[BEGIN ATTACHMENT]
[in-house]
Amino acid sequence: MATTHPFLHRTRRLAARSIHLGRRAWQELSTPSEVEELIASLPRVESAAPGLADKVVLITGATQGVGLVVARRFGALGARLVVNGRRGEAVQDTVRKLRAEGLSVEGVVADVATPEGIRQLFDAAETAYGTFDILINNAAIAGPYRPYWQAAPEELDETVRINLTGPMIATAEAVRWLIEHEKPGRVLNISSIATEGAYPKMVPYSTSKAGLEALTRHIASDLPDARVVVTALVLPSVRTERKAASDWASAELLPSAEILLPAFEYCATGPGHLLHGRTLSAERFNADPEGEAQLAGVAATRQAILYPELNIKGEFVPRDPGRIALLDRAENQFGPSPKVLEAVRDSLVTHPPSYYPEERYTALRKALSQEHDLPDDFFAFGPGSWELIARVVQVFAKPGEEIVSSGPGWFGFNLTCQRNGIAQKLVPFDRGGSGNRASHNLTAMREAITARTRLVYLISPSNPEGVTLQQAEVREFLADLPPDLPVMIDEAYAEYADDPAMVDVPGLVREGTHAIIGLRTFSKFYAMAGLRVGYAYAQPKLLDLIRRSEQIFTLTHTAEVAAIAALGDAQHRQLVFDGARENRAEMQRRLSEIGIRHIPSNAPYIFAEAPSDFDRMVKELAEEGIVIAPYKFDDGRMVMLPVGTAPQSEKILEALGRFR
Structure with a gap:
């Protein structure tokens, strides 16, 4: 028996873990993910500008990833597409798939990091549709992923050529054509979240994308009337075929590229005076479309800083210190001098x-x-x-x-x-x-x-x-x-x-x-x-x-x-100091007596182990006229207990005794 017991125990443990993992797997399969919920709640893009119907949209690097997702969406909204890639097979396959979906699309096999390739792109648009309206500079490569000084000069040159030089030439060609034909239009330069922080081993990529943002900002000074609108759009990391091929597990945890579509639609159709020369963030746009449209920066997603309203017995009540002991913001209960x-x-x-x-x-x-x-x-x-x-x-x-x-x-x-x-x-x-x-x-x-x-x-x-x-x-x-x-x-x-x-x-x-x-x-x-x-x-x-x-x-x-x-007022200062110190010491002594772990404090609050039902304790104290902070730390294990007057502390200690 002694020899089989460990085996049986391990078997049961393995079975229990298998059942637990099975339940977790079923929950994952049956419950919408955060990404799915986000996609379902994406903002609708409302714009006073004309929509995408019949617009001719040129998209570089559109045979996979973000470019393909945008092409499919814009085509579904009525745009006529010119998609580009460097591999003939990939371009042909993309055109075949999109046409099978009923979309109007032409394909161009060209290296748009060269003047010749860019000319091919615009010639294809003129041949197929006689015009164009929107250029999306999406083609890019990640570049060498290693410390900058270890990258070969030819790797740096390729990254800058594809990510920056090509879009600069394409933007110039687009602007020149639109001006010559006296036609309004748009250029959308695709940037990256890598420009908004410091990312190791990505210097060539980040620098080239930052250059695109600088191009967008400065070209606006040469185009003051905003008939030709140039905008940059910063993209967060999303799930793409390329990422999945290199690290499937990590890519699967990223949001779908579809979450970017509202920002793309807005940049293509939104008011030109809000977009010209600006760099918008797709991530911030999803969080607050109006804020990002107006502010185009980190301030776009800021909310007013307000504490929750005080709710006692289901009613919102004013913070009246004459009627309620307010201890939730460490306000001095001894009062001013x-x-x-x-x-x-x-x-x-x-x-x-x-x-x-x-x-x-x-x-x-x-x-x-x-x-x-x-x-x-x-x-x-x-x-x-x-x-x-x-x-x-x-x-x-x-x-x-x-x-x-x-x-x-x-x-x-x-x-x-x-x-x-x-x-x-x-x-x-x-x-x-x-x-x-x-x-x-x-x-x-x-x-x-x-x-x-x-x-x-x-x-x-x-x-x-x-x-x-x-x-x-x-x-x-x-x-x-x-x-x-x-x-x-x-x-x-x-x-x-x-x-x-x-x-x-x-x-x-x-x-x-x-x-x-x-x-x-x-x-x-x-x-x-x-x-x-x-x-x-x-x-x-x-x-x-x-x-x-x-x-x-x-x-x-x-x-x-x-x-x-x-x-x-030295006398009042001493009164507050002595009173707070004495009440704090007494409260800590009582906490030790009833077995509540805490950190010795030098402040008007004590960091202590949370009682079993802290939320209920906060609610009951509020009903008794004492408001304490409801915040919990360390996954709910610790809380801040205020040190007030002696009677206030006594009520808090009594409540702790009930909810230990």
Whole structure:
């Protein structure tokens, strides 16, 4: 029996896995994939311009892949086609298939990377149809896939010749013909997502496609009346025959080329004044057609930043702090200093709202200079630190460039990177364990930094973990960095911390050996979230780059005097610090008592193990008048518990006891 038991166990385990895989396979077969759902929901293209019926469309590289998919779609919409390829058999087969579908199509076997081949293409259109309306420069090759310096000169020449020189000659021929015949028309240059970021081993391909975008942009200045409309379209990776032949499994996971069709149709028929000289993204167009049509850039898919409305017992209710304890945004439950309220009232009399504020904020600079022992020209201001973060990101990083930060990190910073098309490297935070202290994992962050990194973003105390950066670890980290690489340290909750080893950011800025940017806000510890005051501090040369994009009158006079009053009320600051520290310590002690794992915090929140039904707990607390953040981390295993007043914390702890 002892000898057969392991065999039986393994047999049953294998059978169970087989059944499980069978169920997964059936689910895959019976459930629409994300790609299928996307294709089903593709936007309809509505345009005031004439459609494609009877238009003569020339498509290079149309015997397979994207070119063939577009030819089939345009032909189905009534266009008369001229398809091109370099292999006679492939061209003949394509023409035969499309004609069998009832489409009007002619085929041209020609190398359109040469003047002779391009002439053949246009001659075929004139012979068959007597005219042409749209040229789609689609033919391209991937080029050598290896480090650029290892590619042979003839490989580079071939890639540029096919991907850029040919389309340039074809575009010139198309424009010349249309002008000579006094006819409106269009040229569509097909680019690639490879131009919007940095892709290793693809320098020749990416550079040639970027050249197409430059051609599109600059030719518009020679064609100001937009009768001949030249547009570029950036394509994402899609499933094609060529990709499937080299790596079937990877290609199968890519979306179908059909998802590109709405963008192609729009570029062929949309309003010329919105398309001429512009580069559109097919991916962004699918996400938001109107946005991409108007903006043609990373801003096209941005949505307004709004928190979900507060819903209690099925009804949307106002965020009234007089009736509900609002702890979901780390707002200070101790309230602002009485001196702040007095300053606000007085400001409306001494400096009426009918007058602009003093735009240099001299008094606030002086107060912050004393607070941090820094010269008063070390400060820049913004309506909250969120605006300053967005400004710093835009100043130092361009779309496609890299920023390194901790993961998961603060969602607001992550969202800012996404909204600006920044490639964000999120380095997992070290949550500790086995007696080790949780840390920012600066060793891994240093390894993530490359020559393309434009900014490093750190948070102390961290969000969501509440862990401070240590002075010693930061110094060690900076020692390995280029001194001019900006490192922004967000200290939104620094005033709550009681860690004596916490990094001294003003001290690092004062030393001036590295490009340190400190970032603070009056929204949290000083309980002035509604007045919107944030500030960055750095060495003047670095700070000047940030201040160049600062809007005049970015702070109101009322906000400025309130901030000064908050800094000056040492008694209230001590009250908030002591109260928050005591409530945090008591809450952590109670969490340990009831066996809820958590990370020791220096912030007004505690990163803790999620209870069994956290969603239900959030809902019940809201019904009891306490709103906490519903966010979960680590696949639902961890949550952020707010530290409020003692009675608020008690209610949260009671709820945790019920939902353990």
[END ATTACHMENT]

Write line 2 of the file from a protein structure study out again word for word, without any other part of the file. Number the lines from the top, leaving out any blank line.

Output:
Amino acid sequence: MATTHPFLHRTRRLAARSIHLGRRAWQELSTPSEVEELIASLPRVESAAPGLADKVVLITGATQGVGLVVARRFGALGARLVVNGRRGEAVQDTVRKLRAEGLSVEGVVADVATPEGIRQLFDAAETAYGTFDILINNAAIAGPYRPYWQAAPEELDETVRINLTGPMIATAEAVRWLIEHEKPGRVLNISSIATEGAYPKMVPYSTSKAGLEALTRHIASDLPDARVVVTALVLPSVRTERKAASDWASAELLPSAEILLPAFEYCATGPGHLLHGRTLSAERFNADPEGEAQLAGVAATRQAILYPELNIKGEFVPRDPGRIALLDRAENQFGPSPKVLEAVRDSLVTHPPSYYPEERYTALRKALSQEHDLPDDFFAFGPGSWELIARVVQVFAKPGEEIVSSGPGWFGFNLTCQRNGIAQKLVPFDRGGSGNRASHNLTAMREAITARTRLVYLISPSNPEGVTLQQAEVREFLADLPPDLPVMIDEAYAEYADDPAMVDVPGLVREGTHAIIGLRTFSKFYAMAGLRVGYAYAQPKLLDLIRRSEQIFTLTHTAEVAAIAALGDAQHRQLVFDGARENRAEMQRRLSEIGIRHIPSNAPYIFAEAPSDFDRMVKELAEEGIVIAPYKFDDGRMVMLPVGTAPQSEKILEALGRFR